As an active “flexitarian|” some of the ways I ensure that I get the protein I need to build and maintain muscle mass is with Greek yogurt| beans| nuts| and soy. I also use some of the protein-enhanced options in the supermarket like legume-based Tolerant pasta| which has more protein per ounce than beef| and pea-protein-infused breakfast cereals that have more protein per serving than an egg. I try to make sure my snacks include nuts| like pistachios| which a new study in the British Journal of Nutrition shows has more protein| six grams per ounce| than most other nuts| and they are considered a “complete” protein with all nine essential amino acids.

Here are some of the best plant-based proteins to enjoy in place of red and processed meats and how I get ample quality protein in my diet without eating meat.

Meat-Free Choice Grams of Protein/Serving*

Split Peas24 grams per 1/2 cupGreek Yogurt (plain)20-22 grams per cupTolerant Lentil or Black Bean Pasta21-22 grams per 3 ouncesCottage Cheese13 grams per 1/2 cupLentils9 grams per 1/2 cupChickpeas20 grams per 1/2 cupProtein-Enhanced Cereal (i.e.| Great Grains Protein Blend| Kashi Go Lean| Cascadian Farm Protein Granola)8-10 grams per cupBeans (Navy| Pinto| Black| etc.)7-10 grams per 1/2 cupWhole Grains (Quinoa| Kamut| Barley| Oats| Buckwheat| Wild Rice)7-10 grams per cupSeeds (Hemp| Chia| Pumpkin| etc.)5-9 grams per ounce (about 1/4 cup)Firm Tofu9 grams per 3 ouncesNut Butters (Peanut| Almond| etc.)6-8 grams per 2 tablespoonsSoy Milk8 grams per cupPistachios6 grams per ounce (49 kernels)Eggs6 grams per large egg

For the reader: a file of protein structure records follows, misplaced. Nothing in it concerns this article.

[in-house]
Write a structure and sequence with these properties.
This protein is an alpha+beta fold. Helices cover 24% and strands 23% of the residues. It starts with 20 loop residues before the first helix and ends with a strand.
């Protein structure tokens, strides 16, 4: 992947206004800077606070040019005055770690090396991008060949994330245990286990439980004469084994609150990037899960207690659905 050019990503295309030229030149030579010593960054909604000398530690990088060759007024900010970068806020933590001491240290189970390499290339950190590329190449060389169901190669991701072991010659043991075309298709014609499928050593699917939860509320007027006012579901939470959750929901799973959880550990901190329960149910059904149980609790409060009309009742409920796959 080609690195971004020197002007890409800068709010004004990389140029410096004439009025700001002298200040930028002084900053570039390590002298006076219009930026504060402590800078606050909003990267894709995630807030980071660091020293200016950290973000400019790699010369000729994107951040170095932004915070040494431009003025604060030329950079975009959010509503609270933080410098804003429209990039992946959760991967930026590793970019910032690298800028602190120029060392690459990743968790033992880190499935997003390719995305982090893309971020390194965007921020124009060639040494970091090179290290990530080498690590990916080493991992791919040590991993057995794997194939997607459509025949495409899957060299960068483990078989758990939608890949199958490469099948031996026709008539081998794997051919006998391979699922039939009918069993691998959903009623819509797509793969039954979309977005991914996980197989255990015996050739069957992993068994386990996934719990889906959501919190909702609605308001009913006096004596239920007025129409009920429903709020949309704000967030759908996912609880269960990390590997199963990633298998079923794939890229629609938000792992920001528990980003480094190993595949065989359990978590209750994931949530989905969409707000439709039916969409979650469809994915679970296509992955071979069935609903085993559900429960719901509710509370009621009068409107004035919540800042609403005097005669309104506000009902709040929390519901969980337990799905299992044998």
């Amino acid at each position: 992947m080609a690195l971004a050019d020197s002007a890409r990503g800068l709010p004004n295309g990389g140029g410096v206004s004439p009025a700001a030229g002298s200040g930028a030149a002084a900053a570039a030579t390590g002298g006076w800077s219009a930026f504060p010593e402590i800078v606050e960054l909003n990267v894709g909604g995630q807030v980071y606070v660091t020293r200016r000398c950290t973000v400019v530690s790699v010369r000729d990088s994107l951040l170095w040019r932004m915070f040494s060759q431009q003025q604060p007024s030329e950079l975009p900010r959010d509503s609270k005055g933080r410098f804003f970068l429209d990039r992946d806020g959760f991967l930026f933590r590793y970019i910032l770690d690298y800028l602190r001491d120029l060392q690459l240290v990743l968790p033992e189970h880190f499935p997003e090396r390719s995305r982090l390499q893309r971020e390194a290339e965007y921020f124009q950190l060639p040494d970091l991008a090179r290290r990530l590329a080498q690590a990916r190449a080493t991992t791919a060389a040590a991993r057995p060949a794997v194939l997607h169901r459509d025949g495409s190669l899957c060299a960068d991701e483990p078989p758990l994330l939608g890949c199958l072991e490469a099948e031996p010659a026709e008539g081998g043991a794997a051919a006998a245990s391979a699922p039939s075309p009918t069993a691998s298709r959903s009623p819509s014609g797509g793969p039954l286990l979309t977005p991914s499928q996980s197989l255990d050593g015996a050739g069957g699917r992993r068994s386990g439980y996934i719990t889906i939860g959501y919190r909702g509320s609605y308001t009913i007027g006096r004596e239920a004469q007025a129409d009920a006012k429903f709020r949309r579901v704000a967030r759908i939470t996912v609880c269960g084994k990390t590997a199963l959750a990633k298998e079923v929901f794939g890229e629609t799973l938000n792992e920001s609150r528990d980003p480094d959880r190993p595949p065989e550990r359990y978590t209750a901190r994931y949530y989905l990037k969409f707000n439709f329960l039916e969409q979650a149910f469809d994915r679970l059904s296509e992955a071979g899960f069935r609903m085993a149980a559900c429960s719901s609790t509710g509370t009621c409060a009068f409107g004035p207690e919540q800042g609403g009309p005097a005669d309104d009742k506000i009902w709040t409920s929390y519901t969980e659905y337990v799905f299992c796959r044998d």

*Check Nutrition Facts labels of products for grams of protein per serving.

A Sample Menu

Here’s a one-day eating plan with about 2|000 calories and 85 grams of meat-free protein:

Breakfast

Overnight yogurt| berry| and oat parfait: 3/4 cup plain Greek yogurt with 1 cup fresh berries and 1/2 cup quick-cooking oats. Layer yogurt| berries| and oats in a jar or bowl and refrigerate overnight. Enjoy in the a.m.

Protein = 22 grams

Snack1 slice whole-grain toast with 1 tablespoon nut butter and 1/2 banana

Protein = 6 grams

Lunch

1 cup lentil soup with 3-4 whole-grain crackers

Tossed salad with 1/4 cup chickpeas

Protein = 20 grams

Afternoon Snack

Wonderful Pistachios 100-calorie pack (about 30 nuts)

1 soy latte

Protein = 12 grams

Dinner

1 cup Tolerant Lentil Pasta topped with marinara sauce

2 crostinis topped with fresh tomatoes| basil| and mozzarella cheese

Tossed salad with 1/4 cup sunflower seeds

Protein = 25 grams